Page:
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Post-Operative Radiotherapy for Soft Tissue Sarcoma of the Anterior Compartment of the Thigh: Should the Sartorius Muscle be Included?

Authors
Journal
Sarcoma
1357-714X
Publisher
Hindawi Publishing Corporation
Publication Date
Volume
9
Identifiers
DOI: 10.1080/13577140400025961
Keywords
  • Research Article
Disciplines
  • Medicine

Abstract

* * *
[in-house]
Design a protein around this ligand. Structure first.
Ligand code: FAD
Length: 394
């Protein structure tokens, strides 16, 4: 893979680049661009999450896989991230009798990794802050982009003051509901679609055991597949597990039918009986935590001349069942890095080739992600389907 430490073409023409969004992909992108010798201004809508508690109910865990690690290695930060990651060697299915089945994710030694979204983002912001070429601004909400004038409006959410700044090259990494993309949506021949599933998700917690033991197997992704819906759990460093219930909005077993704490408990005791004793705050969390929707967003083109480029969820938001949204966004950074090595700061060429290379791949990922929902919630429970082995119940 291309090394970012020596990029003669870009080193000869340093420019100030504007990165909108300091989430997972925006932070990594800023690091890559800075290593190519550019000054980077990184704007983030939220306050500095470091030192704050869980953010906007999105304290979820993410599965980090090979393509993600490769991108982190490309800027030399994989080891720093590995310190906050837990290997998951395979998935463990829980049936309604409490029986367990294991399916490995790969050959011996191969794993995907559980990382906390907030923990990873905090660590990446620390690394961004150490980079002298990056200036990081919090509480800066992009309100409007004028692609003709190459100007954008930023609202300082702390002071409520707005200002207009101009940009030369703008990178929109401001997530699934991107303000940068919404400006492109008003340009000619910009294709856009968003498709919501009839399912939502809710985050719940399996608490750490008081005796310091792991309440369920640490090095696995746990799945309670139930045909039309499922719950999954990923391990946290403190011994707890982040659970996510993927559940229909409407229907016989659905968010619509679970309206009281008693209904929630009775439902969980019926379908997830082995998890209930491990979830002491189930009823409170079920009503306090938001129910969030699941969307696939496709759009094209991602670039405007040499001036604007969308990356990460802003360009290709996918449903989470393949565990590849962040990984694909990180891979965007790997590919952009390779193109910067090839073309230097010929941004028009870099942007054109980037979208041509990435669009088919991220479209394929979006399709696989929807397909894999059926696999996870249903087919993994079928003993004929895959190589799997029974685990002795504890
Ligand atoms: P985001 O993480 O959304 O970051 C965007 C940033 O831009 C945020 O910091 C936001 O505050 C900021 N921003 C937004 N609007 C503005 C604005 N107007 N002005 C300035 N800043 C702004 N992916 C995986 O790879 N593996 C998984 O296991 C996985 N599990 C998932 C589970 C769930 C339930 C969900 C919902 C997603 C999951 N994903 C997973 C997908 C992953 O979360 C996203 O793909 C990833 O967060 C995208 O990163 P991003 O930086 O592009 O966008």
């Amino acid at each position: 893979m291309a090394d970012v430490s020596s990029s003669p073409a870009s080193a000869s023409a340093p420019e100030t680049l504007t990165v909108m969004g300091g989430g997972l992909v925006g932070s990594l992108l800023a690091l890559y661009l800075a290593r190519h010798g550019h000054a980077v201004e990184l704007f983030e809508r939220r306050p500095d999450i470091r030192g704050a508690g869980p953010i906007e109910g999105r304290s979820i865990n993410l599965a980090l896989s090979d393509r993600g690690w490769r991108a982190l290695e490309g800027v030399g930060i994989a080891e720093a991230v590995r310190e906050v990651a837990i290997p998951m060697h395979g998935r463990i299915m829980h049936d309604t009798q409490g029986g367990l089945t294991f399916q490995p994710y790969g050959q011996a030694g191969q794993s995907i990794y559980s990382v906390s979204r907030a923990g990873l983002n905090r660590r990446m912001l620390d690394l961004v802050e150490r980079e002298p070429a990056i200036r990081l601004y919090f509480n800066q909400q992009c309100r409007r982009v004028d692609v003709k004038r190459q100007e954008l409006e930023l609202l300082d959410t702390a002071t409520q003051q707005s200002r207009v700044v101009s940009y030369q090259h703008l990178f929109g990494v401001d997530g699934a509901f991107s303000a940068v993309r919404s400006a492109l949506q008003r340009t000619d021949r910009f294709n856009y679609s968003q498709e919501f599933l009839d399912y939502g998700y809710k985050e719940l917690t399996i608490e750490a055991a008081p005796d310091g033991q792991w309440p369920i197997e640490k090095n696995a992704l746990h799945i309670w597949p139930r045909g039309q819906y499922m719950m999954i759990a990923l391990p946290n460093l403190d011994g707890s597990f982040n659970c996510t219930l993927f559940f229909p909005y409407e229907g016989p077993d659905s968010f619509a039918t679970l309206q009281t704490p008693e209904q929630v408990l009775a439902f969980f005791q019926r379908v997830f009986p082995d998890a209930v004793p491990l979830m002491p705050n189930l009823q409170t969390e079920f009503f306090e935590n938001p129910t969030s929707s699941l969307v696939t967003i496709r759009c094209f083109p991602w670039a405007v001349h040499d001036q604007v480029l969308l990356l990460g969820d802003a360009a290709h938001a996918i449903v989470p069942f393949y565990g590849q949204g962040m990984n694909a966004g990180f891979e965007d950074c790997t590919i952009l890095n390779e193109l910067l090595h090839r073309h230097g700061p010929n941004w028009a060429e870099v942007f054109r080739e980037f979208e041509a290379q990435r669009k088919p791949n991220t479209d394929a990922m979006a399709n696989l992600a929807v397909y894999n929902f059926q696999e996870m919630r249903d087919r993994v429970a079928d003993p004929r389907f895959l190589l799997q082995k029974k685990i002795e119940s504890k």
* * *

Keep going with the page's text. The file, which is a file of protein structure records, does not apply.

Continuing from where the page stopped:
Purpose: The clinical target volume (CTV) of post-operative radiotherapy for soft tissue sarcoma of the limbs conventionally includes the whole of the transverse cross-section of the affected anatomical compartment. In the anterior thigh sartorius appears to lie within its own fascial compartment and can be safely excluded. We investigated the potential impact of omitting sartorius from the anterior muscle compartment on patients with soft tissue sarcoma of the thigh. Patients and methods:We used the planning CT data from six patients who had previously received post-operative radiotherapy for soft tissue sarcoma of the thigh. The anterior compartments were outlined twice, initially including and then excluding the sartorius muscle. The volumes of the anterior compartment (i.e., the CTVs), both with and without sartorius, and the corresponding planning target volumes (PTVs) were calculated. Treatment plans were prepared for each PTV. For both volumes the unirradiated normal tissue corridor was outlined on each CT slice. The volume and circumference of the unirradiated corridor were then calculated. Results: For all six patients there was an important improvement in normal tissue sparing by excluding sartorius. The mean reduction in volume of the anterior compartment when sartorius was excluded was 10% (95% Confidence Interval 8–12%), whilst the mean decrease in PTV was 11% (95% CI 7–14%). There was a substantial increase in the volume of the unirradiated normal tissue corridor, with a mean value of 77% (95% CI 41–114%) when sartorius was excluded. In addition, the percentage increase in the size of the unirradiated normal tissue corridor, expressed as a percentage of the whole leg circumference, was 10% (95% CI 8–13%). When sartorius was included in the anterior compartment, the circumference of the unirradiated corridor was less than one-third of the whole leg circumference in four of the six patients. When sartorius was excluded, the circumference of the unirradiated corridor was greater than one-third of the leg circumference over the entire length of the target volume in all patients. Discussion: It is essential to know the anatomy of the sartorius muscle to be able to exclude it from the anterior compartment. The increase in the size of the normal tissue corridor when sartorius is excluded should deliver clinical advantage by decreasing the normal tissue adverse effects.

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